Related: How to Remain Competitive in a Saturated Online Retail Market

Simply rewriting tips doesn't help differentiate your content — or add anything new to your vertical. Here are some ways to use existing tips as a starting point rather than an end goal:

1. Tip clichés in your vertical can be "unpacked" and/or "debunked." As you build your vertical's tip-lopedia spreadsheet, track the number of times a tip is mentioned or suggested. The most frequently mentioned tips can potentially be split into even smaller tips, or at least written about with more depth, deliberation and care. It may also be possible or useful to debunk, disprove, or in some way debate the most frequently promoted tips in a vertical.

2. Many subject-matter experts haven't reduced tips and advice to their smallest form. Your vertical's most prominent and important subject-matter experts — your niche celebrities — have probably come up with some amazing, if not fully articulated, tips. It's also probable that they haven't broken these tips down to their smallest possible form.

3. Tips and tip categories can serve as a basis for group interviews. Knowing the most regularly published tips can be a great place to start an interview with your niche expert celebrities. Ask them to debunk the common tips or to provide their unique spin on them. You can also ask, "What tips besides the most common ones would you recommend?"

4. Tips can serve as a basis for infographics or other "utility enhancers." Providing new wrappers for old or standard tips can give your content new life in a vertical. Can offering your tips in a printed form improve their utility? Can you turn your tip-lopedia into a simple fact-finding or diagnosis application?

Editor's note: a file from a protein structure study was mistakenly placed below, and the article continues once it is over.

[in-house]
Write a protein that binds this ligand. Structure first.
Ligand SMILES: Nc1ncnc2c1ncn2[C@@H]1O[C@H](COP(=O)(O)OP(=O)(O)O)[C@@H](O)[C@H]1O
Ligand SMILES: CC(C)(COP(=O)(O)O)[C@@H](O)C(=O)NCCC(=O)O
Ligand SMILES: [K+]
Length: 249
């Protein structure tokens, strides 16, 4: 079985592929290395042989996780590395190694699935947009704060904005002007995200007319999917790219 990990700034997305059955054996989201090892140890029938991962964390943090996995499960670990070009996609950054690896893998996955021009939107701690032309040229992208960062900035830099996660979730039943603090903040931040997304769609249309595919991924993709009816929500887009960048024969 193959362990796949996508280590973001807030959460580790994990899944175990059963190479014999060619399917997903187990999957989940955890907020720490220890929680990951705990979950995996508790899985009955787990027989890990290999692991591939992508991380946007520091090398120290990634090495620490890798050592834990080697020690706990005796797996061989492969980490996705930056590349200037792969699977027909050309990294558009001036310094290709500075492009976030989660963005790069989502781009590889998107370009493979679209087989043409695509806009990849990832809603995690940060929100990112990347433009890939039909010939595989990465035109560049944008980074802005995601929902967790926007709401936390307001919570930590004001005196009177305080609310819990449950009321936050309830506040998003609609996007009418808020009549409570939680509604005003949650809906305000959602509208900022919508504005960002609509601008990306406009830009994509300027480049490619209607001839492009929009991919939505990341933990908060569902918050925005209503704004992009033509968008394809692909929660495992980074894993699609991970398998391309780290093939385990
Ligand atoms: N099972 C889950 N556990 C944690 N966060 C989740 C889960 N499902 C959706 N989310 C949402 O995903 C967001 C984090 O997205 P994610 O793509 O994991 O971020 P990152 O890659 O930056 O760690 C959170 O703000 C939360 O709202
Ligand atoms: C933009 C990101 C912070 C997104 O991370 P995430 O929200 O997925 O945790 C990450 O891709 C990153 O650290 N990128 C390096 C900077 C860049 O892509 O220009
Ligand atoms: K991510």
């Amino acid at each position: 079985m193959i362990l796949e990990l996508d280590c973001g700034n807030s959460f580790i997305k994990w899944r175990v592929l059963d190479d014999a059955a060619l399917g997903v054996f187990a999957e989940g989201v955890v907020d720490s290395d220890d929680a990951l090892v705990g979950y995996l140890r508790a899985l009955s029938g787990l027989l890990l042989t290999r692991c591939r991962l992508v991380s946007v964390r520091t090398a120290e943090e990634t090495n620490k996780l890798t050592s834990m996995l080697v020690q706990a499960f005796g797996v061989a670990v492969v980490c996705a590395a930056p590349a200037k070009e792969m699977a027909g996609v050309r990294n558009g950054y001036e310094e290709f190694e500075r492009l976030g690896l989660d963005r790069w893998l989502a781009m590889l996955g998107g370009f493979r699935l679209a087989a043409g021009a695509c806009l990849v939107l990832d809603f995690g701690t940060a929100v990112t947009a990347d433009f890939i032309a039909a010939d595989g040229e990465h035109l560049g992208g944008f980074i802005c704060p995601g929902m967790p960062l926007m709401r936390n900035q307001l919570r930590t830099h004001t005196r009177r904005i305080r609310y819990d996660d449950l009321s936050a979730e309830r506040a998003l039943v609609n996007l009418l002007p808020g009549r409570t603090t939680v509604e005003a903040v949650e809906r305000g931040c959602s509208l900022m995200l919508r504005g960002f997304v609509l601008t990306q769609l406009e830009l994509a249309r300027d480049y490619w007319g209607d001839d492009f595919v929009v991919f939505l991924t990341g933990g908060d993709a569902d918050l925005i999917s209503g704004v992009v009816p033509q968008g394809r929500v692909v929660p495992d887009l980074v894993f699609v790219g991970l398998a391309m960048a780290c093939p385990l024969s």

Related: 6 Essential Influencer-Marketing Truths Every E-Commerce Brand Should Know

Tip-based content can earn more links, shares and other citations with promotion. Follow these promotion tips:

1. Cite and notify your tip sources. You might be rewriting, rearticulating and reorganizing tips to the point that they're no longer recognizable to their originators. However, citing your sources provides an anchor of trust and reliability to your content, and it provides you with a promotion opportunity as well when you write to the esteemed subject matter expert to let them know that you referenced them.

2. Target roundup writers. If your vertical has roundup writers, these are some of the first folks you should target for mention, share, or link requests.

3. Distribute it yourself. Tweet it, share it, put it on your homepage, link to it from guest posts, include the URL in relevant comments, and add it to your monthly email newsletter.

4. Make sure your content targets a conversion. Tip-based content conversions can include things like sign-ups, downloads, installs, follows, friends, shares, links and even sales if you have ebooks or other content for sale.

Did you enjoy your book preview? Click here to grab a copy today—now 60% off when you use code MARKET2021 through 4/24/21.

Eric Ward founded the Web's first link-building and content publicity service in 1994, (then called NetPOST). He has developed content linking strategies for PBS, WarnerBros, Discovery Channel, National Geographic, and Disney. Today, Eric publishes a weekly strategic linking newsletter called LinkMoses Private, and offers clients strategic linking consulting and training services. Garrett French is the founder of Citation Labs, a boutique agency that specializes in custom link-building tools and services to solve large-scale marketing problems. Ward and French are the co-authors of Ultimate Guide to Link Building, available from Entrepreneur Press.